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Cult music and corsets: Royal Winnipeg Ballet returns with ‘Carmina Burana’

Carmina Burana
Bruce Monk
The Royal Winnipeg Ballet’s “Carmina Burana.”

You know the music. Since composer Carl Orff’s cinematic “Carmina Burana” premiered at the Frankfurt Opera in 1937, its soaring, roaring chorus – “O Fortuna” – has accompanied TV commercials for Reebok shoes, Old Spice cologne, Guinness beer and Pringles potato chips. A favorite of European Goth bands, the music has also been used in such films as John Boorman’s “Excalibur.”

Ballet choreographers also can’t resist its inherent drama. Among its many stagings: In 2004, Lise Houlton, artistic director of Minnesota Dance Theater, and Dominique Serrand, of Theatre de la Jeune Lune, created an innovative version based on the late Loyce Houlton’s choreography that placed singers and dancers together on stage in a swirling mass of humanity.

Saturday night, the Royal Winnipeg Ballet will present resident choreographer Mauricio Wainrot’s version of “Carmina Burana,” which is reportedly quite popular across Canada. One Winnipeg critic lauded the performance’s “cool, pagan beat,” and its “visual reckoning of just how cool the music is.” Wainrot gives Orff’s score – based on 24 poems in a manuscript collection found in 1803 in the Benediktbeuern monastery in Bavaria – a contemporary staging with the dancers in corsets against a steel-frame backdrop.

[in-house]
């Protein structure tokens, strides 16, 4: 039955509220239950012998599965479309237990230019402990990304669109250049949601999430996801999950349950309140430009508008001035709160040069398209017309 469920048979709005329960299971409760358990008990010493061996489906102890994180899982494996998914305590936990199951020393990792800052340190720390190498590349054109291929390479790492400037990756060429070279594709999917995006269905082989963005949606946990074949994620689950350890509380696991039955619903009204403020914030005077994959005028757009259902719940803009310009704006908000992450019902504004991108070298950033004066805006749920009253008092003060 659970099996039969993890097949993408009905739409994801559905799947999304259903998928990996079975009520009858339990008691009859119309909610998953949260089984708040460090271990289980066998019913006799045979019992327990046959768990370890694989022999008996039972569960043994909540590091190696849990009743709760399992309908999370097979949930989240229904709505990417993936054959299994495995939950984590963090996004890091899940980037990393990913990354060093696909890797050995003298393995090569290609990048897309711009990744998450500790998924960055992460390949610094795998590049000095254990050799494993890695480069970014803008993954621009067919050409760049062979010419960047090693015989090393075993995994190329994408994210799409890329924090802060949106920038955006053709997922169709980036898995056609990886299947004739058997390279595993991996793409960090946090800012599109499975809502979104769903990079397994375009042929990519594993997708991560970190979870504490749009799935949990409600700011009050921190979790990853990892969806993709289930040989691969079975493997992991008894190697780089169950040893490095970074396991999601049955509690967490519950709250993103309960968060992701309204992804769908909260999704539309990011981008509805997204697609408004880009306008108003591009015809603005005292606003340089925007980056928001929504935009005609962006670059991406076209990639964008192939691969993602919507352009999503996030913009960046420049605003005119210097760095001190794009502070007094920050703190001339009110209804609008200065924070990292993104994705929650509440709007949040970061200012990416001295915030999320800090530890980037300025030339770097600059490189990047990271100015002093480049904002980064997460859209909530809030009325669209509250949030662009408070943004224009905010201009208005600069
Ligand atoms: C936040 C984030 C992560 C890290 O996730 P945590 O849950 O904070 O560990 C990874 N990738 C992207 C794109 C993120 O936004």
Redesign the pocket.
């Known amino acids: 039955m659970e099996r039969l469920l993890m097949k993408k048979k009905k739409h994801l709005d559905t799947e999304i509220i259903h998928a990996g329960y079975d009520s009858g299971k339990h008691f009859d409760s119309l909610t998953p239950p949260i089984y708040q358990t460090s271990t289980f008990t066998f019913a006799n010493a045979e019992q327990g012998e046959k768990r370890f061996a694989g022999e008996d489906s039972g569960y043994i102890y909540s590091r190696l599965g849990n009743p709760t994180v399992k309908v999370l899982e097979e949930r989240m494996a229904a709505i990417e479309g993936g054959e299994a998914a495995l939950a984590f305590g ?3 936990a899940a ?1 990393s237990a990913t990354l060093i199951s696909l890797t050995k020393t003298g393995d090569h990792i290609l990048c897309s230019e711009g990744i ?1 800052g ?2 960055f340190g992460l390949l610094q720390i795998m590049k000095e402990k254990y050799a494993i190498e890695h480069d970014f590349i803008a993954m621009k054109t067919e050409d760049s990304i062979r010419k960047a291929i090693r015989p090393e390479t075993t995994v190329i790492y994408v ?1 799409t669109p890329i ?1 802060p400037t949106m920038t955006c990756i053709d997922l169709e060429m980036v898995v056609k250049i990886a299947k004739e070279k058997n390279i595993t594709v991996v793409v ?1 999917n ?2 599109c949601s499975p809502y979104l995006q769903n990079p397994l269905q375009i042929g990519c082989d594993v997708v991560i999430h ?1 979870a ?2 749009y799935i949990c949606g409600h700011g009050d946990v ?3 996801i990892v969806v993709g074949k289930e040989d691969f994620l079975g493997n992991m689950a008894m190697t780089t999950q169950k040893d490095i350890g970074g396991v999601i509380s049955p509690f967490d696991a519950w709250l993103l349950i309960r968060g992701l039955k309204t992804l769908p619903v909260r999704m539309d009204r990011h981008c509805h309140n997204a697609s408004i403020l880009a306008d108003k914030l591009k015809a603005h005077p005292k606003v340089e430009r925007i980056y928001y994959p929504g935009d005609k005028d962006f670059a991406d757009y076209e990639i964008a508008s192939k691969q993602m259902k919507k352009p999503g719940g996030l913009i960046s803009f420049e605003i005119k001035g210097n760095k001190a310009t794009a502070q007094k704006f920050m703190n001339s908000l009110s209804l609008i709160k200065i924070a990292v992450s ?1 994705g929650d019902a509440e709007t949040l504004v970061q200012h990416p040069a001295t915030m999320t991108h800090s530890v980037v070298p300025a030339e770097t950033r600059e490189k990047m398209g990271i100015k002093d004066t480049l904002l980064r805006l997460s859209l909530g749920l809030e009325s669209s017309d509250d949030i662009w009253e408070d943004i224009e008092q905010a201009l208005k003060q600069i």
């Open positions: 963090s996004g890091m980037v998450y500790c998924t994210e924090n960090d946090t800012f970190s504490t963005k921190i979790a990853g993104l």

Noted for artistic adventurousness
Founded in 1939, Royal Winnipeg Ballet holds the status of oldest, continuously operating ballet company in North America. Now under the artistic direction of André Lewis, however, the troupe has been noted for its youthful dancers, technical vigor and artistic adventurousness.

This weekend’s program also includes a Balanchine work, for those contemporary traditionalists in the audience. The 1948 “Concerto Barocco,” set to J.S. Bach’s Concerto for Two Violins in D Minor, features Balanchine’s complex, sculptural, precise modern choreography for 10 women and one man, in an expression of musicality.

When: 8 p.m. Saturday
Where: Northrop Auditorium, 84 Church Street SE, Minneapolis
Tickets: $33-$65, Northrup Auditorium
Phone: 612-624-2345


Also this weekend:

Savion Glover, often referred to the greatest, most musical tap dancer currently on the planet, concentrates his percussive movement on Latin and Caribbean rhythms in this show, “Bare Soundz.”

When: 7 p.m., Sunday
Where: Orchestra Hall, 1111 Nicollet Mall, Minneapolis
Tickets: $20-$47, box office
Phone: 612-371-5656

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